Finally, some of the barriers are inherent with the technologies themselves. For instance, solar PV technology may not be durable in extreme environments. Moreover, consumers may not know how to manage and maintain solar cells. Identifying the interactions among the various barriers was also a major focus of this research. A hierarchical model was developed using interpretive structural modeling (ISM) to identify these interactions. Cross-verification was conducted through in country expert consultations.
This article examines some of the barriers currently hindering the development of decentralized solar energy systems (DSES) in Southeast Asia.
The price of PV is driven by a combination of declining capital costs and increasing technical efficiency. Coupled with storage capacity, it can produce cost-competitive electricity. Solar photovoltaic power is becoming more affordable in China. A recent report by the International Energy Agency projects that solar energy could supply a third of the world's energy by 2060. For this to happen, the price of solar power will need to drop to 0.4 US cents per kilowatt-hour in 2060. Meanwhile, China's technical potential to derive electricity from sunlight will increase to 146.1 PWh by 2060.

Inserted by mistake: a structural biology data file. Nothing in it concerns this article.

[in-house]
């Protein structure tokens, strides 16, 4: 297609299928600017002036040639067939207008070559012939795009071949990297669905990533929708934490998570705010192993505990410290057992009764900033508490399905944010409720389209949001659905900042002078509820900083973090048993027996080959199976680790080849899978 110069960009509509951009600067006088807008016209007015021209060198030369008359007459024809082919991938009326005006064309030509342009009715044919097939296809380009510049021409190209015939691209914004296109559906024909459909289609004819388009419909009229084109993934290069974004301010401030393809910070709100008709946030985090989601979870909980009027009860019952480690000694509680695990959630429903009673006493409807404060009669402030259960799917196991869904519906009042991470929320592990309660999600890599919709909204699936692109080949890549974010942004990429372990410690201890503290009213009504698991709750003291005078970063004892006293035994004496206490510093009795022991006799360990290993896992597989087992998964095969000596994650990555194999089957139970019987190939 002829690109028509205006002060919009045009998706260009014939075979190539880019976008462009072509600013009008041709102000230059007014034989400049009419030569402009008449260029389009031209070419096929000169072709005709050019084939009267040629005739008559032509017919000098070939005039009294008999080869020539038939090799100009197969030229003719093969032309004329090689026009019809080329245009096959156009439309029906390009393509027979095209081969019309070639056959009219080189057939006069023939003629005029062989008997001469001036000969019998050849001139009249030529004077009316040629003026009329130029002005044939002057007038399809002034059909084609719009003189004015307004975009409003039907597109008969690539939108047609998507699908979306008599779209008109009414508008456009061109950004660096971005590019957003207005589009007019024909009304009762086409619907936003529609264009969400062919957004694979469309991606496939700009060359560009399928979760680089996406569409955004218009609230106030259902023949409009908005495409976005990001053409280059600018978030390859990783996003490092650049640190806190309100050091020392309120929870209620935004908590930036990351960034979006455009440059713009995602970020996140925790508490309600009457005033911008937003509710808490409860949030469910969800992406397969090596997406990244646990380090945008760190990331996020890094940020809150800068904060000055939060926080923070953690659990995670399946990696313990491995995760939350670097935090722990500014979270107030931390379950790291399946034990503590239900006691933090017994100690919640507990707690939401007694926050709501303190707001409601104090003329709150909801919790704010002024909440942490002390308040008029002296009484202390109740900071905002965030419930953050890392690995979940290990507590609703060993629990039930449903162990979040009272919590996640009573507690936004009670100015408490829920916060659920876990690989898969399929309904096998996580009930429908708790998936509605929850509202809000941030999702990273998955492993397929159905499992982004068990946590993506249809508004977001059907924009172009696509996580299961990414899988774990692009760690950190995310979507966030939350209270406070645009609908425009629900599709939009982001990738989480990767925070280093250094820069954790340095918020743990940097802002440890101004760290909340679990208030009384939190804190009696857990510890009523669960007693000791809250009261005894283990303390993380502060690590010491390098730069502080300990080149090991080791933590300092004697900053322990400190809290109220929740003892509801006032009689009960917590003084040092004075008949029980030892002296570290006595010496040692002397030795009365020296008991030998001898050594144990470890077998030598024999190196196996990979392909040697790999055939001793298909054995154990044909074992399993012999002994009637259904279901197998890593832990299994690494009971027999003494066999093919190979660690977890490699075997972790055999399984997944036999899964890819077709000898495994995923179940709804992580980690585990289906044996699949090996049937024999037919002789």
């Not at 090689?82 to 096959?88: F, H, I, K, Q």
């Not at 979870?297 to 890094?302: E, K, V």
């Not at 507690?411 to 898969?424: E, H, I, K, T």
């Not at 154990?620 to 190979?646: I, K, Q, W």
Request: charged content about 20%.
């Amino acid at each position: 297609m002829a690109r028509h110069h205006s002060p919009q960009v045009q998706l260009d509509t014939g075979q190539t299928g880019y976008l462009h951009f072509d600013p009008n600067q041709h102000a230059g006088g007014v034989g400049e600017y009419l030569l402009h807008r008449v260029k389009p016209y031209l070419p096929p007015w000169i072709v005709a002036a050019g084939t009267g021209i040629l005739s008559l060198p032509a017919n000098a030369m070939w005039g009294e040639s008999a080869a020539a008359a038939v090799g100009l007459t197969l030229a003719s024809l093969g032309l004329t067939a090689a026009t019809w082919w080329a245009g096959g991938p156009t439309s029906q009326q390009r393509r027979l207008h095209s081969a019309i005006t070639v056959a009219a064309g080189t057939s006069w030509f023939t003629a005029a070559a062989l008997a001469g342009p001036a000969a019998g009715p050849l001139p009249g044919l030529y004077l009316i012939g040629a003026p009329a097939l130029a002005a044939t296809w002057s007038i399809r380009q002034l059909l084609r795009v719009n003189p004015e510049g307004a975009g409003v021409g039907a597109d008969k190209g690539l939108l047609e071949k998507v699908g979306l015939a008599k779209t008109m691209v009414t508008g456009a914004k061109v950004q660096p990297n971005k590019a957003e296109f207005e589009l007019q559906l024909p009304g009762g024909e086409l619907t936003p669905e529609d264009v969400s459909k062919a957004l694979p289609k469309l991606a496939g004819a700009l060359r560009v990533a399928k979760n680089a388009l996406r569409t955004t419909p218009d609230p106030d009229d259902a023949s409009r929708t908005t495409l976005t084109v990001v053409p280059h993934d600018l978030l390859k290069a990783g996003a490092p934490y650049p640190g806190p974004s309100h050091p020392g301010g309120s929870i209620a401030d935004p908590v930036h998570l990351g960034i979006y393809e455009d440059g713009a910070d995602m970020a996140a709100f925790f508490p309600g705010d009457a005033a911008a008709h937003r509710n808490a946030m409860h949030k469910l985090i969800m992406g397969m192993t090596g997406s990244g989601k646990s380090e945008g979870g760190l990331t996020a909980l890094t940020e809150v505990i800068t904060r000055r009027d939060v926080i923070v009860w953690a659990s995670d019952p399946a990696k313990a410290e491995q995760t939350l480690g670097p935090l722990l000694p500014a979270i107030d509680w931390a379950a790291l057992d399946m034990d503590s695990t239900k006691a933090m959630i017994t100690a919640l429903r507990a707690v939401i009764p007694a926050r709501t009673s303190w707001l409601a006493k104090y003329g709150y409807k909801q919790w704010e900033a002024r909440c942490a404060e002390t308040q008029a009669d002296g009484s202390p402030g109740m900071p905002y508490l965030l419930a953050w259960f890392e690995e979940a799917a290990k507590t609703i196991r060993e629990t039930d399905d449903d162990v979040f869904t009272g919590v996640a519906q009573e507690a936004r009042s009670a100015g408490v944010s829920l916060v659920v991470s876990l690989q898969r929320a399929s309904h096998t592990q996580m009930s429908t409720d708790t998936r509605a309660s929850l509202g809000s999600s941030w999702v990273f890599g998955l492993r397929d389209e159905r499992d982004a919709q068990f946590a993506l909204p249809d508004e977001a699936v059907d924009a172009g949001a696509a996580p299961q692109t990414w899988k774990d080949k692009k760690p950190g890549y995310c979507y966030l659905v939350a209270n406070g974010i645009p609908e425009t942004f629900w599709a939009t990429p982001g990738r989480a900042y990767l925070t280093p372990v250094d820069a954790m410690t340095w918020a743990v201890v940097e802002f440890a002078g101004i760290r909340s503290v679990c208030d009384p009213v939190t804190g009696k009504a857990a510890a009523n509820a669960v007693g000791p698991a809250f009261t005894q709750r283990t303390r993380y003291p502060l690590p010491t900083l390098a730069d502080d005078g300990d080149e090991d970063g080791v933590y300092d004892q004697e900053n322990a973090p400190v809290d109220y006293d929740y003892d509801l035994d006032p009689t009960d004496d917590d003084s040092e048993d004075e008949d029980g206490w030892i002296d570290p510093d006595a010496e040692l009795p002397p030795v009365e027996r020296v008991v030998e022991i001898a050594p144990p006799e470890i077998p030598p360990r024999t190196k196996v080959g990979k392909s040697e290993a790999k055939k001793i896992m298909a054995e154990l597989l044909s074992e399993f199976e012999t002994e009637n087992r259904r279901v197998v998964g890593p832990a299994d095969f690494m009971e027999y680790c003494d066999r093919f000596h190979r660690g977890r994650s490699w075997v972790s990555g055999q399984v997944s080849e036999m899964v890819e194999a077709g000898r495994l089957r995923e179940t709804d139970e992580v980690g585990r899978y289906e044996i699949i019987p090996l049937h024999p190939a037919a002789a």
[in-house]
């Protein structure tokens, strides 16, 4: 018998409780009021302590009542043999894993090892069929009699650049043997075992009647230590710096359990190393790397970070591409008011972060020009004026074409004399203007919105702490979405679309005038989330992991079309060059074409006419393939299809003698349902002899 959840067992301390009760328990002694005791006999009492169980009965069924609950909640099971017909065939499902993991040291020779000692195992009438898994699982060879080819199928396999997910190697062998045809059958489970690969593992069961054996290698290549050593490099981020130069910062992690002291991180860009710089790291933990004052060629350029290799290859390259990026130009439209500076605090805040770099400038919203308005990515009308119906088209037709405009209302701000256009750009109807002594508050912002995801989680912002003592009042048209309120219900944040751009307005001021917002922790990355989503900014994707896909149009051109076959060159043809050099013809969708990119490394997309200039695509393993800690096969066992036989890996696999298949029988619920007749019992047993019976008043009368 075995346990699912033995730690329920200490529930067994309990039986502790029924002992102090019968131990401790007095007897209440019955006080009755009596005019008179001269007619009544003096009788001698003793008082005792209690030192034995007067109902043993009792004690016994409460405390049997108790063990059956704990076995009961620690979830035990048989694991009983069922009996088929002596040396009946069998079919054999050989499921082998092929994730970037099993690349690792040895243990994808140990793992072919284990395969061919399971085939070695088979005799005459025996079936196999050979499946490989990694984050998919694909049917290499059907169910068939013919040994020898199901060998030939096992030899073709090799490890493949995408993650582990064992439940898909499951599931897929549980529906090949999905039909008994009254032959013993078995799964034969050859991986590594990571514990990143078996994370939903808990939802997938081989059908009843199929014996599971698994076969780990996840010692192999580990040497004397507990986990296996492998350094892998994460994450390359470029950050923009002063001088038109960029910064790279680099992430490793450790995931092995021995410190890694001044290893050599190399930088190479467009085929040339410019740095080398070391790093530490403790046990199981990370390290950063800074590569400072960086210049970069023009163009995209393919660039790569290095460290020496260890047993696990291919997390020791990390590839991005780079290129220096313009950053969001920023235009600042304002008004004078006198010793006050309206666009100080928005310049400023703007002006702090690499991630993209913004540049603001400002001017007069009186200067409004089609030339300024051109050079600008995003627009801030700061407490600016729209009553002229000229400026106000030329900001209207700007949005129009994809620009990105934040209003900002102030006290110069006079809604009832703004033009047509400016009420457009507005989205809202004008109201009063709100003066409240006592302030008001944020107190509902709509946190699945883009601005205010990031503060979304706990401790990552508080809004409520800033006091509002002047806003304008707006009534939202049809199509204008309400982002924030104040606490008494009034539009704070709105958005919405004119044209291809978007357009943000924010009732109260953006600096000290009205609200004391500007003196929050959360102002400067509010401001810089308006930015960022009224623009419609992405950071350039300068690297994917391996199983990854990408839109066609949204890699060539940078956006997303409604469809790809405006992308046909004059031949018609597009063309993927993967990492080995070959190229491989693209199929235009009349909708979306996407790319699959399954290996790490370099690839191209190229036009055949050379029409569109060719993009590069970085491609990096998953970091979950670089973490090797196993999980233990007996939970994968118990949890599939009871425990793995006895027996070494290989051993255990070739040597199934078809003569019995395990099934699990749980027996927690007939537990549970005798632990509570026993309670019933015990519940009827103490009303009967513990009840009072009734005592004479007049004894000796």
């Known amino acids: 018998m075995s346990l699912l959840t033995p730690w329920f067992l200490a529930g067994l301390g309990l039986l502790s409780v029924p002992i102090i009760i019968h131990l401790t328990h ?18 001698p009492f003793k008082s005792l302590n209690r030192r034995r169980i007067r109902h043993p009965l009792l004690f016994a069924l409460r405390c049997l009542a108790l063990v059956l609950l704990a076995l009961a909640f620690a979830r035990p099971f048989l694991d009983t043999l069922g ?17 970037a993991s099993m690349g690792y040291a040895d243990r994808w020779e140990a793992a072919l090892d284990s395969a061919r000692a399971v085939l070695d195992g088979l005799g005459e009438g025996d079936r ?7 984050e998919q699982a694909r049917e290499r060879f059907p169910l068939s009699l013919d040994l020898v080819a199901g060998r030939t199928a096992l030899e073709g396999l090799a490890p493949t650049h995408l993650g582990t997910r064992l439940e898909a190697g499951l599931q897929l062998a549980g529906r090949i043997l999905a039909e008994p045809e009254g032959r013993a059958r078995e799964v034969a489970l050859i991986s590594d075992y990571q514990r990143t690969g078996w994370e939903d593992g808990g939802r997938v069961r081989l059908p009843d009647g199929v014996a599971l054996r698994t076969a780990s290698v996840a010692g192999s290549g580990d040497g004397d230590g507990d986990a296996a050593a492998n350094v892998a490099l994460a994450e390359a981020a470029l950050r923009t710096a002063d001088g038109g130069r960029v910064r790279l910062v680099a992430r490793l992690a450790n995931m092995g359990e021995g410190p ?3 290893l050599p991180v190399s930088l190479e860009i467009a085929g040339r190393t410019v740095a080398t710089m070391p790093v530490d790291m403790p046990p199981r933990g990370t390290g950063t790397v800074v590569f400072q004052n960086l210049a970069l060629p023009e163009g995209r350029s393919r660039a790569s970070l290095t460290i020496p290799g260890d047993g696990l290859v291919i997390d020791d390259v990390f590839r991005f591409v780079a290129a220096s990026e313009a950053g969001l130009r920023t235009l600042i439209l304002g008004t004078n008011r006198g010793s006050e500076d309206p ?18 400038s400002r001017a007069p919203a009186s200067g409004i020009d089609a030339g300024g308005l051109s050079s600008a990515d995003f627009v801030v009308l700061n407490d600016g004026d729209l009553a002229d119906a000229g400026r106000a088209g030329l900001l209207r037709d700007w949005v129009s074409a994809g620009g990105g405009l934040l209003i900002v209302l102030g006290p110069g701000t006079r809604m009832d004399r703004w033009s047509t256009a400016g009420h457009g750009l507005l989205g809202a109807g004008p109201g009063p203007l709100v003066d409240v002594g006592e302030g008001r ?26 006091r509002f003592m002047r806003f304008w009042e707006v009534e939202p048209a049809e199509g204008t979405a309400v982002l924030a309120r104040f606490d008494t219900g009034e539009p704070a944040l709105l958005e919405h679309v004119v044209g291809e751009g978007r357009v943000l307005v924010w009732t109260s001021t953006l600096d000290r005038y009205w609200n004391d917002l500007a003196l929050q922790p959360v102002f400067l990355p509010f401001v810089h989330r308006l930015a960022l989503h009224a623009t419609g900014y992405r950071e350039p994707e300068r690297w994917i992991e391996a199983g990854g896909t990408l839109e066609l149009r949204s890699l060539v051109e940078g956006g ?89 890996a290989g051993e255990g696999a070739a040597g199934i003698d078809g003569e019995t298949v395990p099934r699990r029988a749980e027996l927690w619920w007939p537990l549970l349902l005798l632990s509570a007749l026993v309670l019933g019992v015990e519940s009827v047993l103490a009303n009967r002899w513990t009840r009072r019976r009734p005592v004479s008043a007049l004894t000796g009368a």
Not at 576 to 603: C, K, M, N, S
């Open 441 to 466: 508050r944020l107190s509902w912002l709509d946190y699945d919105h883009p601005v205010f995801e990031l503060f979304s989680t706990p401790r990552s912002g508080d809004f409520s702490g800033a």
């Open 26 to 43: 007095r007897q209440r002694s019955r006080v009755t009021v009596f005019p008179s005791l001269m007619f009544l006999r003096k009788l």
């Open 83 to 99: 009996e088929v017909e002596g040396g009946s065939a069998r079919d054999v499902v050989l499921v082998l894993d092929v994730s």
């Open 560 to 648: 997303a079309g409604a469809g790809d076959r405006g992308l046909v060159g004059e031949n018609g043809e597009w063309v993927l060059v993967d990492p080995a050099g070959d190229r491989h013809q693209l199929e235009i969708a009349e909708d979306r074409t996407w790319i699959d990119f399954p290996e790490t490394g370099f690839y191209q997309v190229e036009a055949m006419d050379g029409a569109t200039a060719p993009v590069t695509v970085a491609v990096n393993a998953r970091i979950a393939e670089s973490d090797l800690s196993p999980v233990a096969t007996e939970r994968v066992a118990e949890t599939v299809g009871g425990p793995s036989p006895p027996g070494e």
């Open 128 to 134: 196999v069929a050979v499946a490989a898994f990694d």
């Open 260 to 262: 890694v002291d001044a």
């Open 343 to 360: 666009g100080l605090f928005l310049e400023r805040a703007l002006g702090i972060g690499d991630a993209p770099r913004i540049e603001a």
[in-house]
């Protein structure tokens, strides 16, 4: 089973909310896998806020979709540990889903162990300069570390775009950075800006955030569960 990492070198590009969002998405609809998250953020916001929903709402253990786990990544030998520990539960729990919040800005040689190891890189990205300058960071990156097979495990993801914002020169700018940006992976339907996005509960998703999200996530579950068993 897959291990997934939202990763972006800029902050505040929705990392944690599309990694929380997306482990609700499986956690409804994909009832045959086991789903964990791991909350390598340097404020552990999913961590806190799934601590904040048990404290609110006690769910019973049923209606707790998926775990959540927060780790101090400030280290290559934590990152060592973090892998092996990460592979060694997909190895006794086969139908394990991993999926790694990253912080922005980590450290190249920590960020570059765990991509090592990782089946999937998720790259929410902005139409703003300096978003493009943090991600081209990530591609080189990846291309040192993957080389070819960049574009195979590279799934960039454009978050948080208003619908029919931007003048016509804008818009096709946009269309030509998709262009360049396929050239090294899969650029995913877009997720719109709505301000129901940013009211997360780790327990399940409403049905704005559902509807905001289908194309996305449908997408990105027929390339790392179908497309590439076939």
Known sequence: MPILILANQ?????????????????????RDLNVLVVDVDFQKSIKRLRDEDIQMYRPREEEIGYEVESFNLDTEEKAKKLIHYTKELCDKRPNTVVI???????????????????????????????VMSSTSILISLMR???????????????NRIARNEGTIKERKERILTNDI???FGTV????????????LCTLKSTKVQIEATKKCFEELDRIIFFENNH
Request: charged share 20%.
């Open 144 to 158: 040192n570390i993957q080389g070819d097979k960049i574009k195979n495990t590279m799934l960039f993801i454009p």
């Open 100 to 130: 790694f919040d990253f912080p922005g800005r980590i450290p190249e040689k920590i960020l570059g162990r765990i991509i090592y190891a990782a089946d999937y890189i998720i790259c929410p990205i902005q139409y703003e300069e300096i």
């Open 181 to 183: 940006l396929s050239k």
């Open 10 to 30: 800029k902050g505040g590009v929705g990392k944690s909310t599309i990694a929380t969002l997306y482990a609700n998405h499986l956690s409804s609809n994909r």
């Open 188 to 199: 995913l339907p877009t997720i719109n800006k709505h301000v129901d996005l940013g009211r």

While solar technologies have matured, it is still a bit of a challenge to find new conventional energy sources. This is because it is very hard to estimate the quantities of various conventional energy sources. Likewise, solar and wind are decentralized sources, which presents barriers for transmission and siting.
Fortunately, the cost of renewables has fallen significantly since the early 2000s. Utilities across the country have invested heavily in a range of mature technologies. Consequently, the learning curve for these technologies has been extremely steep. In addition, tax credits have played a role in the development of solar markets, especially in California. The 1603 Grant Program, part of the American Recovery and Reinvestment Act, removed the hurdles for using tax incentives.